Photo by Jessa Pease.
Hoover Board of Education Building
The head of a Hoover-based nonprofit says she feels vindicated after the Alabama Attorney General’s Office issued an opinion April 3 that says the Hoover school board must approve her public records request for data revealing compensation school employees receive by name.
In a letter to Donald Sweeney, the lawyer representing the Hoover Board of Education, Brenda Smith of the state attorney general’s office cited several examples of opinions in other Alabama cases that “settled that payroll records, such as salary or other compensation, are public records.”
“The Hoover City Board of Education is required to disclose, by name, the compensation of employees under the Open Records Law,” wrote Smith, the chief of the Opinions Division in the state attorney general’s office.
The decision is a major victory for Trisha Powell Crain, founder of the Alabama School Connection, who filed her original request for the pay records of Hoover City School employees more than a year ago in January 2014.
Crain issued a statement April 5 saying she is “pleased that Attorney General (Luther) Strange held true to the many prior opinions of the Attorney General’s office on this very same issue.”
“It is odd and, quite frankly, a shame that the Board felt it needed to take the time and incur the expense of revisiting the issue yet again with the Attorney General,” Crain said. “We fully expect Hoover school officials to comply with both the law and the Attorney General's advice and look forward to reviewing these public records as soon as possible.”
Hoover Board of Education officials, citing privacy concerns of employees, originally fought Crain’s request. School board members said that having employee pay made public could open the system up to potential lawsuit and caused friction among many teachers and other front-line employees. They also said it could cause them to lose some of their best teachers to other systems or to retirement.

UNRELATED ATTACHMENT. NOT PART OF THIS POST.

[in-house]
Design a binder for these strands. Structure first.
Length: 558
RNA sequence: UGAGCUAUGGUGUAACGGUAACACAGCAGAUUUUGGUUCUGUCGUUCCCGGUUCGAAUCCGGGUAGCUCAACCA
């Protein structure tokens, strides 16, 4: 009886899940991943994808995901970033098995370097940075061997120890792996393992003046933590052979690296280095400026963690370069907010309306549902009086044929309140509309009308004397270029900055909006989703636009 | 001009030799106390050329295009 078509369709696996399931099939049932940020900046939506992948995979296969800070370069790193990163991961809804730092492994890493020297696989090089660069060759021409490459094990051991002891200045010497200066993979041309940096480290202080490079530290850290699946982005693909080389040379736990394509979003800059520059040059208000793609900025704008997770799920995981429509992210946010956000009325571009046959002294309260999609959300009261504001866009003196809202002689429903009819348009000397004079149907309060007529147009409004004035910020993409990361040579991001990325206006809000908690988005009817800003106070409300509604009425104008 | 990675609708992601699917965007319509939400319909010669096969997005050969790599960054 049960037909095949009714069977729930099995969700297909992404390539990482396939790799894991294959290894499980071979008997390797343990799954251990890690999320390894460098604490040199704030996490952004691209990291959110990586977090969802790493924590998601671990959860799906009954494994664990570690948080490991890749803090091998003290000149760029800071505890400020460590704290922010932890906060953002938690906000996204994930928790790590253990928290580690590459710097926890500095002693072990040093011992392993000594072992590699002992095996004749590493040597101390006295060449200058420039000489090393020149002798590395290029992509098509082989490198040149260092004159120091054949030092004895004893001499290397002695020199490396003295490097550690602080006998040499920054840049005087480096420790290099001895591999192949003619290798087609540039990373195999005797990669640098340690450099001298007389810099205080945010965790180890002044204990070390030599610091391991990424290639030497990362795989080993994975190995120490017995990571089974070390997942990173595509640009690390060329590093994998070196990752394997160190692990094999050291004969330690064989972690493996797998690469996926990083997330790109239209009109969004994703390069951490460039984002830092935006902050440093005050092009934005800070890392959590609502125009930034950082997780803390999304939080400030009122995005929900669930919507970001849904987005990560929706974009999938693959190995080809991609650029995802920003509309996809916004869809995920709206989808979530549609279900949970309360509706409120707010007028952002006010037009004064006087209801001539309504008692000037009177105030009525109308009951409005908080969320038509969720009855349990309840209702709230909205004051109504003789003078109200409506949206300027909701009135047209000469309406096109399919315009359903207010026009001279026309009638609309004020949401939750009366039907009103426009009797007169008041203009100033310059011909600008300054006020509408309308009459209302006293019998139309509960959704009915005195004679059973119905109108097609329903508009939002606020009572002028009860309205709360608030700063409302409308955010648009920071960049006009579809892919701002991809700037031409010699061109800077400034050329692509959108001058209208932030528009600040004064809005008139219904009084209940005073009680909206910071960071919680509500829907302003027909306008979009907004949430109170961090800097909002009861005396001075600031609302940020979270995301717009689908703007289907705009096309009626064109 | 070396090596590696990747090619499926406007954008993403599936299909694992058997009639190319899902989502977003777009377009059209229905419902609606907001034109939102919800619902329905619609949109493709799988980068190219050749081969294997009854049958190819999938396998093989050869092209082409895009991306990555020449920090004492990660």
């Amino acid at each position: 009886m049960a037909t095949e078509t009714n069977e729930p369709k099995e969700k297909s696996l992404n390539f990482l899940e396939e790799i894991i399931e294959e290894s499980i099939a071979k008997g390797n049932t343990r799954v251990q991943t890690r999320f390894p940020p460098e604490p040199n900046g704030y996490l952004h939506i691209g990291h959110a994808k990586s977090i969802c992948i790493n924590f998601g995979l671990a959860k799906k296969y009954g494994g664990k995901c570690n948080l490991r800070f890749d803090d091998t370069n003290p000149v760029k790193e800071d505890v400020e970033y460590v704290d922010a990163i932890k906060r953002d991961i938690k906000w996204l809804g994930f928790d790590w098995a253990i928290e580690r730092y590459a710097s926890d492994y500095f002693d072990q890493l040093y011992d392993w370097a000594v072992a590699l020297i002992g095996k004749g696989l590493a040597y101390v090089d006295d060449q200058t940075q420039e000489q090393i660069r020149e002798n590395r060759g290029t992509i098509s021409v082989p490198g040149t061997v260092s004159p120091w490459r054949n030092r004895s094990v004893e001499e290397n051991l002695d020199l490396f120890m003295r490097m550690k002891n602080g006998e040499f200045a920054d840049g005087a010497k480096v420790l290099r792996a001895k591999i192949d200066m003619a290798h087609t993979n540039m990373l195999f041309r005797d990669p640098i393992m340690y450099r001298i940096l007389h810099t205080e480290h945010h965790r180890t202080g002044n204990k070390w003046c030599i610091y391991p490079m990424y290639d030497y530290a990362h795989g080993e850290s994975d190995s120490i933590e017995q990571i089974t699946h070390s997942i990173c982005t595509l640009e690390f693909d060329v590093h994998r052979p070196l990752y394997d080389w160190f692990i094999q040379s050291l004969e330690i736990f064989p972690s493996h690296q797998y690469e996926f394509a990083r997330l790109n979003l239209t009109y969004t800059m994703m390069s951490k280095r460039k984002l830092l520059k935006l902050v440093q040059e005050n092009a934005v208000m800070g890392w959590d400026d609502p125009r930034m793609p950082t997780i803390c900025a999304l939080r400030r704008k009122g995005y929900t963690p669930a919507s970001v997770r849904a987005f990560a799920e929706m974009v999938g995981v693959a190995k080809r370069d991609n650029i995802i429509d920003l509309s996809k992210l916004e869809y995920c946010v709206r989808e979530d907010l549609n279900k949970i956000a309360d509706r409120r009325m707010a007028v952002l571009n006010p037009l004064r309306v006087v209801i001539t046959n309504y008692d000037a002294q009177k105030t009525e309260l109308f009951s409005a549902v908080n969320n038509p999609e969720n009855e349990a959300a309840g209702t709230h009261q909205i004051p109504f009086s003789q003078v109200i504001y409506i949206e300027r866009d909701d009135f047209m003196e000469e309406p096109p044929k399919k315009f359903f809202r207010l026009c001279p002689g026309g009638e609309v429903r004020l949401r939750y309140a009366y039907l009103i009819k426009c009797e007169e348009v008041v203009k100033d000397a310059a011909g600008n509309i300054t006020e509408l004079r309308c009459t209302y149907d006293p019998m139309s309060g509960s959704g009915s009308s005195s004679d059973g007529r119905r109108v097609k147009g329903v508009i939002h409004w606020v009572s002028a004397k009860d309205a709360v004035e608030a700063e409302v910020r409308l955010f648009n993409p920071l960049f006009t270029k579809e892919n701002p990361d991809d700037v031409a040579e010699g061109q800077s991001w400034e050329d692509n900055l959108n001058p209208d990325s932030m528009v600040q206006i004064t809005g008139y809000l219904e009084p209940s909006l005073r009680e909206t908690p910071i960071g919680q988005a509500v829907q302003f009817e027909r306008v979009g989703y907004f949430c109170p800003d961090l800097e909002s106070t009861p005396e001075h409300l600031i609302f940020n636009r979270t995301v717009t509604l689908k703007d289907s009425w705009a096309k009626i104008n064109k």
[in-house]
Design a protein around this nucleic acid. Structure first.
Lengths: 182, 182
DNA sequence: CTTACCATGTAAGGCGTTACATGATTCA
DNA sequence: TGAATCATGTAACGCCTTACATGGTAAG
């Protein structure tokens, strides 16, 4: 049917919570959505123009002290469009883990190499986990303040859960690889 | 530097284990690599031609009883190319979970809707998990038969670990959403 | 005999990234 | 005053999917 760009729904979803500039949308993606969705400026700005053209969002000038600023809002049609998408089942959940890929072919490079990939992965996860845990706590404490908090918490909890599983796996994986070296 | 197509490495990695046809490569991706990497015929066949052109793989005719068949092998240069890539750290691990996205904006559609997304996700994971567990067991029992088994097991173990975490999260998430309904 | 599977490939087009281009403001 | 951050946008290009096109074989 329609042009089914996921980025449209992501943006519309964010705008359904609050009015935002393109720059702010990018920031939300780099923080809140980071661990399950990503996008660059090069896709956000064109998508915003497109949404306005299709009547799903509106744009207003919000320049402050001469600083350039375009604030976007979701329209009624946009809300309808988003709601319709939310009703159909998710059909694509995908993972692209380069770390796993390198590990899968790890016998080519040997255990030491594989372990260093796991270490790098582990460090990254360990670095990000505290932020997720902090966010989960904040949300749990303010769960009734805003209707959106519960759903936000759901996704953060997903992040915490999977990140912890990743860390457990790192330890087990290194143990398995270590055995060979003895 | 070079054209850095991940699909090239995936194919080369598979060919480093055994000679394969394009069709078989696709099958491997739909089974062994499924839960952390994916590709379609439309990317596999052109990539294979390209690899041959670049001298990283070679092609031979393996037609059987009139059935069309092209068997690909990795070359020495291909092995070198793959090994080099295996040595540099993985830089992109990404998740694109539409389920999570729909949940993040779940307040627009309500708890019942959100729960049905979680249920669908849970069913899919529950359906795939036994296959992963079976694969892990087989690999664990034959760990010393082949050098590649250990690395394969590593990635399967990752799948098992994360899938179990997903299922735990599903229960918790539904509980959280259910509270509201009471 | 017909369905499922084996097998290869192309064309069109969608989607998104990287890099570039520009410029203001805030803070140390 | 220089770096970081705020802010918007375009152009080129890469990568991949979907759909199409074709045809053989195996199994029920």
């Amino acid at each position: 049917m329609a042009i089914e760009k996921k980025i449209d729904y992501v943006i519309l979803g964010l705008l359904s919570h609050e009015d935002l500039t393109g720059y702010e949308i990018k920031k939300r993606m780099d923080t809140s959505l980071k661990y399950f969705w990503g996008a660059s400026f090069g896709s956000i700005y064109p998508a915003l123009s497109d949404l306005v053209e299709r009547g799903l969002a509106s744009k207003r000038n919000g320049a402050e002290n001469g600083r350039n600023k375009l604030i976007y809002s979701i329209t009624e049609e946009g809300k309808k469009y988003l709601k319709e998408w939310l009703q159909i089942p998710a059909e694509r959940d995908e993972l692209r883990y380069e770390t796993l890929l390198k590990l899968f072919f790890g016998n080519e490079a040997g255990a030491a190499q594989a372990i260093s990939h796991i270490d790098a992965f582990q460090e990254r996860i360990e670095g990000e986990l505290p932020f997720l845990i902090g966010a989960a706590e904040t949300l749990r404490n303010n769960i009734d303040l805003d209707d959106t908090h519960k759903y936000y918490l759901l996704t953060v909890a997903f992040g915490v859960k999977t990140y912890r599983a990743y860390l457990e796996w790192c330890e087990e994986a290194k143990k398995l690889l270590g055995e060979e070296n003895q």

Crain then hired an attorney, prompting the Hoover school board to vote March 16 to seek the state attorney general’s opinion on the following question, “Are the names of employees of the Hoover City Board of Education public records in addition to their compensation?”
You can see the full Alabama Attorney General’s full opinion saying the data requested is public record below:
In response to the state attorney general opinion, Hoover Board of Education President Donna Frazier issued a statement saying the board respects the attorney general opinion, but adding the matter is an “overriding concern to our employees.”
“The request for the personal salary information for every employee of the Hoover School District came from one person,” Frazier said. “Our employees let us know loud and clear they considered this request to be an assault of their individual privacy. The Board thought so too. Our employees shared vivid and compelling reasons why their individual privacy concerns should be respected.”
Frazier added that Hoover school employees “did not and do not understand why the public interests would be served when the exact salary amounts for all positions were already made available” without revealing names.
Crain, whose Alabama School Connection is a blog devoted to writing stories related to Alabama K-12 education, said she made it clear in an article dated Dec. 29, 2014 that her request is not personal. A link to that original blog is here: http://alabamaschoolconnection.org/2014/12/29/the-quest-for-payroll-records-350-days-and-counting/
“Since this request was first made in January 2014, concerns about levels of education funding continue across the state of Alabama,” Crain said in her April 5 statement. “With personnel costs accounting for 80 to 85 percent of a school district's expenditures, employee compensation continues to be an important part of that discussion.”
Smith, the Alabama Attorney General’s Office Opinions Division Chief, wrote to Hoover school board lawyer Sweeney that their “concern about the privacy rights of employees may be valid, but that is a matter for the Legislature to address.”
Frazier said in her statement that she hopes out of respect for Hoover school employees, this opinion “will clarify why the public disclosure law needs revision and, therefore, will serve as a basis for the Alabama Legislature to make changes to the law.”
“The public disclosure law needs to be refined to more appropriately balance privacy concerns with over reaching disclosure of information that is already available in less invasive forms," she said.